29 Apr

the anxiety of the algorithm age

people are here

People are here.

This blog begins and is influenced by a moment of anxiety of what our world can become. What I know living in New York City as a Black Haitian American male, in an America still reeling from the economic turmoil of the Aughts and the start of a second Gilded Age, is we have a problem with who can be part of the effort writing the future. There has been some expansion to the kinds of people who can enjoy this privilege, but for the most part, diversity in the form of gender, race, sexual orientation and class have found immense barriers to having a prominent standing in our culture. As the demographics of our country change, so does the need to increase the volume on these topics.

This conversation is about diversity. This conversation is about bias. This conversation is about technology. This conversation is about how when you do something as simple as grab your phone, and reach out to someone, there are hidden costs in the way our diversity shapes that experience.

This conversation is about the anxiety of algorithms. Machines and the algorithms we give them are becoming better, faster, more useful, and everywhere: from choosing customers to predicting a child’s best fit occupation. What is hard to uncover is how personal experience and bias plays a part in algorithm creation. Soon, machines will be able to come up with their own algorithms, injecting our biases with the efficiency of silicon and megaflops.

I hope that I can help shepherd this conversation toward understanding privilege: the tendency for all of us to believe our personal experience is the norm. I hope we can become sensitive to how that tendency plays into how we build and evaluate our tools.

This is not about a moral panic. This is about understanding the hidden costs in our technology and designing a future for not just yourself.

22 May

“Amazon is selling police departments a real-time facial recognition system”

“Documents obtained by the ACLU of Northern California have shed new light on Rekognition, Amazon’s little-known facial recognition project. Rekognition is currently used by police in Orlando and Oregon’s Washington County, often using nondisclosure agreements to avoid public disclosure.”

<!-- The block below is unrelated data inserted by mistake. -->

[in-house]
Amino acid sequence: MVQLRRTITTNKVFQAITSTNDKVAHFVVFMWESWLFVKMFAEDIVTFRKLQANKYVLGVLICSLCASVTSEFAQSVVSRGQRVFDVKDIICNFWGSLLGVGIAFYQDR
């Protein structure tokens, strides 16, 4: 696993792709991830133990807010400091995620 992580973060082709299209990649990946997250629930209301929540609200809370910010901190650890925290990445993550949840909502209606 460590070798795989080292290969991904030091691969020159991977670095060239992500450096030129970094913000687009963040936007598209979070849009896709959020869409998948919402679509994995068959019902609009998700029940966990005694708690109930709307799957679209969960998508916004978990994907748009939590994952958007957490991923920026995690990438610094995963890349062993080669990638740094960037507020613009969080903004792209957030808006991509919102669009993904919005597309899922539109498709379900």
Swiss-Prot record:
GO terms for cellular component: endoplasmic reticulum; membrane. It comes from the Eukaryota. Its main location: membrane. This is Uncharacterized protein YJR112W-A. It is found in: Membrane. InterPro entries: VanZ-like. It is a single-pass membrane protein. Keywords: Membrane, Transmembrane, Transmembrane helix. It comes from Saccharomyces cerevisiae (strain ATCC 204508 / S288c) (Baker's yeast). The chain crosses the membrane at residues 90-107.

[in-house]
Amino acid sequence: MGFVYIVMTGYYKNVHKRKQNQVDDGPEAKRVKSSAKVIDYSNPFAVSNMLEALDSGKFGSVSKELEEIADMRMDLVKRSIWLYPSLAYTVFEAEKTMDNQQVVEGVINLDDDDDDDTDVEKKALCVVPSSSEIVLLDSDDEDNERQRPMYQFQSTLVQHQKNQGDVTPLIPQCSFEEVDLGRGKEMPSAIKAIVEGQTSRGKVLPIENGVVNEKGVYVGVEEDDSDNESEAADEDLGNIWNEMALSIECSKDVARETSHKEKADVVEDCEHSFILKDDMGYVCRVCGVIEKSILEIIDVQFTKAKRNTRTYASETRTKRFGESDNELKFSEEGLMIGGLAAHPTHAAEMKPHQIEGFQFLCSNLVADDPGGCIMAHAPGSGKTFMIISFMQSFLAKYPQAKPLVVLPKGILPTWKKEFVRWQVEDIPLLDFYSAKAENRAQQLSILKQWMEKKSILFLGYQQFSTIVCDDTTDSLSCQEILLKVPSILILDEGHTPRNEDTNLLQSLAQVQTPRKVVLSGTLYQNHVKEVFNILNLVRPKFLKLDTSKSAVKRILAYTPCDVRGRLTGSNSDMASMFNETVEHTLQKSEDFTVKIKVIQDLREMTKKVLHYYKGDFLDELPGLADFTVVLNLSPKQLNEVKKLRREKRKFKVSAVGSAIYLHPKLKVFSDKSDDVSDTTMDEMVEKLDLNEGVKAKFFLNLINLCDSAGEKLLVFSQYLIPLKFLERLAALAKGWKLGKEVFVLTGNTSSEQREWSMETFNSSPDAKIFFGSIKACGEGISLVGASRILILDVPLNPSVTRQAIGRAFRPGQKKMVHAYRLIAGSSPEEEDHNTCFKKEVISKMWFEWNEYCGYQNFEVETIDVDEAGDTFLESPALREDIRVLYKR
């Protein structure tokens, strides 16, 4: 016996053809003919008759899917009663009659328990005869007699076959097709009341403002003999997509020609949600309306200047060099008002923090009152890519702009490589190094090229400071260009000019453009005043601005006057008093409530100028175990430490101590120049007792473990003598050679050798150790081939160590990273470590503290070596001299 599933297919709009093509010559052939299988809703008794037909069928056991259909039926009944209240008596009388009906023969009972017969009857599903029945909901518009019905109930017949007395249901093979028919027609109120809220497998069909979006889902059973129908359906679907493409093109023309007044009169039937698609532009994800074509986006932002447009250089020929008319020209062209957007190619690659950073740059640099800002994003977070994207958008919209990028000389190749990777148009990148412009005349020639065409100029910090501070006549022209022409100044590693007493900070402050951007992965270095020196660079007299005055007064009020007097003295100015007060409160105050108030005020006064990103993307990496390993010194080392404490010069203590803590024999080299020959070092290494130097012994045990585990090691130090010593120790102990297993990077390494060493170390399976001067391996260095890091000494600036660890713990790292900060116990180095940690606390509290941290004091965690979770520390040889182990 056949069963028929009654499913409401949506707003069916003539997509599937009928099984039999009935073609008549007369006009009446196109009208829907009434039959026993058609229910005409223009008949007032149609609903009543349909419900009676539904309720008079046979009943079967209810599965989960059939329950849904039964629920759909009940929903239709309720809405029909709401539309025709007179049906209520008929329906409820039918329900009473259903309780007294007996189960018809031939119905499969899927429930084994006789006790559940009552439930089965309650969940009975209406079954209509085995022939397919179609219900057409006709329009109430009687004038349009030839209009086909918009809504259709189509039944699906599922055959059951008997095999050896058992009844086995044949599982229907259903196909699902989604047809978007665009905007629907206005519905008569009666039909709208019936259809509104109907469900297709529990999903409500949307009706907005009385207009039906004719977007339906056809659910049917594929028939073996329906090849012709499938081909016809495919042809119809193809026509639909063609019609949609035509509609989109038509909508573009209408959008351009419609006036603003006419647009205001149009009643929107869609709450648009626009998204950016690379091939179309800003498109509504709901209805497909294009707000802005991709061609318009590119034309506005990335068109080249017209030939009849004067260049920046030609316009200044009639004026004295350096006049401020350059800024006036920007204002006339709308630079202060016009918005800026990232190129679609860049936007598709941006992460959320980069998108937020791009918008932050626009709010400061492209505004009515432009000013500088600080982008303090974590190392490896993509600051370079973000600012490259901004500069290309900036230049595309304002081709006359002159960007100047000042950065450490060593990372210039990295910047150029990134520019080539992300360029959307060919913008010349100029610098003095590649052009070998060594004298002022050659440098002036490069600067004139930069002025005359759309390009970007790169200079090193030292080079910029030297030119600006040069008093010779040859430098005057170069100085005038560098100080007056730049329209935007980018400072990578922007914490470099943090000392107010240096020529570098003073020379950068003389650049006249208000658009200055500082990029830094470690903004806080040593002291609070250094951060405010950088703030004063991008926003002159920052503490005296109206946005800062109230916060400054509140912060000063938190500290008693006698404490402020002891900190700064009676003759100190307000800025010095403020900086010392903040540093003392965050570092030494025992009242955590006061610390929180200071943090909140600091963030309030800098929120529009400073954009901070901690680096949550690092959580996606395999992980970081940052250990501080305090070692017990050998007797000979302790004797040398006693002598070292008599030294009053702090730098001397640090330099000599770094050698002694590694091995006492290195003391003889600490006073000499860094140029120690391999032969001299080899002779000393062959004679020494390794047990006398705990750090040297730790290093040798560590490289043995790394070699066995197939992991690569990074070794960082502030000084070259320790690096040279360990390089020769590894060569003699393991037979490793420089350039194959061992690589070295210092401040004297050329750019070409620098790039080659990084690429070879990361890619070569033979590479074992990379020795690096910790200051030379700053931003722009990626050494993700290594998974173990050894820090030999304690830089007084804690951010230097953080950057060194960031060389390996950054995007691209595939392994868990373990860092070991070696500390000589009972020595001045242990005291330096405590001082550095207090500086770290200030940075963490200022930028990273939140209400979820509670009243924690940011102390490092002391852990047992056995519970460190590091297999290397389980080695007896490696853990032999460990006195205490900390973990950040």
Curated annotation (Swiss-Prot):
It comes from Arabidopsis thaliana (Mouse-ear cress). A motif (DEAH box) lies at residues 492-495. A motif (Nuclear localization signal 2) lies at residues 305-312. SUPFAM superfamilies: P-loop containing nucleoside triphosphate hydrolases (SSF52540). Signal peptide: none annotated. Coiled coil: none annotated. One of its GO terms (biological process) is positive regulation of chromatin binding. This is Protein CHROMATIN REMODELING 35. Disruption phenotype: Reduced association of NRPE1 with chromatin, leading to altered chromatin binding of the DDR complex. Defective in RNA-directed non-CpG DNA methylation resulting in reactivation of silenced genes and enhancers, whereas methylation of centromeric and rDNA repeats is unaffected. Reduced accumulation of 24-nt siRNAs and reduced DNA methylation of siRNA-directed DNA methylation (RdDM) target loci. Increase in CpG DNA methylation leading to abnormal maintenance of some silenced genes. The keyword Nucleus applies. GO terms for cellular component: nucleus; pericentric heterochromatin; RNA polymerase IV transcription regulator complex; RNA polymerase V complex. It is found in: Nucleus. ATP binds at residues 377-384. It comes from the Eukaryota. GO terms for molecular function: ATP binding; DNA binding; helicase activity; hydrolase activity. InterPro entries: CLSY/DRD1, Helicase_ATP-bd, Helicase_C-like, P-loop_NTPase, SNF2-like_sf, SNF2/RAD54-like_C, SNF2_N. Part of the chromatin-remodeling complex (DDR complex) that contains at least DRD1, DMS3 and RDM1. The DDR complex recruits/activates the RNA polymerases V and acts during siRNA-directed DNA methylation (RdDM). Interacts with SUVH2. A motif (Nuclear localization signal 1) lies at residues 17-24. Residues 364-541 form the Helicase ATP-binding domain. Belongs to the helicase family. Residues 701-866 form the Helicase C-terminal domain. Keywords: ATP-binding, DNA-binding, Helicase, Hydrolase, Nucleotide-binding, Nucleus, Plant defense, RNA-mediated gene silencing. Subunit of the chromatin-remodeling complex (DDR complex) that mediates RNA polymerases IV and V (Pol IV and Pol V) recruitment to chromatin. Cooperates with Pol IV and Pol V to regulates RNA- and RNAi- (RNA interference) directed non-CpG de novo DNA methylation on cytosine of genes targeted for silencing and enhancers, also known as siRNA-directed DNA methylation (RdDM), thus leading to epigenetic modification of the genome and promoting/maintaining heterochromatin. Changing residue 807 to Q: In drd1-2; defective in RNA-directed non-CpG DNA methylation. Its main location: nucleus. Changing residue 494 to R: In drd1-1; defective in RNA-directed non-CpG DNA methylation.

Read: Amazon is selling police departments a real-time facial recognition system

22 May

“Amazon is selling police departments a real-time facial recognition system”

“Documents obtained by the ACLU of Northern California have shed new light on Rekognition, Amazon’s little-known facial recognition project. Rekognition is currently used by police in Orlando and Oregon’s Washington County, often using nondisclosure agreements to avoid public disclosure.”

Read: Amazon is selling police departments a real-time facial recognition system

13 May

“YouTube’s search suggests racist autocompletes”

“Type the perfectly innocuous phrase “black men are” into YouTube’s search box, and the site will automatically suggest a number of racist results, such as “black men are weak minded,” “black men are too emotional,” and “black men are coons,” among many others.”

Read: YouTube’s search suggests racist autocompletes

26 Apr

“Axon launches AI ethics board to study the dangers of facial recognition”

“Axon, formerly known as Taser, has launched a new “AI ethics board” to guide its use of artificial intelligence. The board will meet twice a year to discuss the ethical implications of upcoming Axon products, particularly how their use might affect community policing.”

Read: Axon launches AI ethics board to study the dangers of facial recognition

26 Apr

“Axon launches AI ethics board to study the dangers of facial recognition”

“Axon, formerly known as Taser, has launched a new “AI ethics board” to guide its use of artificial intelligence. The board will meet twice a year to discuss the ethical implications of upcoming Axon products, particularly how their use might affect community policing.”

Read: Axon launches AI ethics board to study the dangers of facial recognition

26 Apr

“Axon launches AI ethics board to study the dangers of facial recognition”

“Axon, formerly known as Taser, has launched a new “AI ethics board” to guide its use of artificial intelligence. The board will meet twice a year to discuss the ethical implications of upcoming Axon products, particularly how their use might affect community policing.”

Read: Axon launches AI ethics board to study the dangers of facial recognition

26 Apr

“Axon launches AI ethics board to study the dangers of facial recognition”

“Axon, formerly known as Taser, has launched a new “AI ethics board” to guide its use of artificial intelligence. The board will meet twice a year to discuss the ethical implications of upcoming Axon products, particularly how their use might affect community policing.”

Read: Axon launches AI ethics board to study the dangers of facial recognition

24 Apr

“10 years in, the Marvel Cinematic Universe still lacks diversity — and these 4 graphs prove it”

“Marvel’s Avengers: Infinity War, out in theaters April 27, promises to be a culmination of every origin story, direct sequel and mash-up that the Marvel Cinematic Universe has produced over its 10-year history, starting with 2008’s Iron Man and running through February’s Black Panther.”

Read: 10 years in, the Marvel Cinematic Universe still lacks diversity — and these 4 graphs prove it

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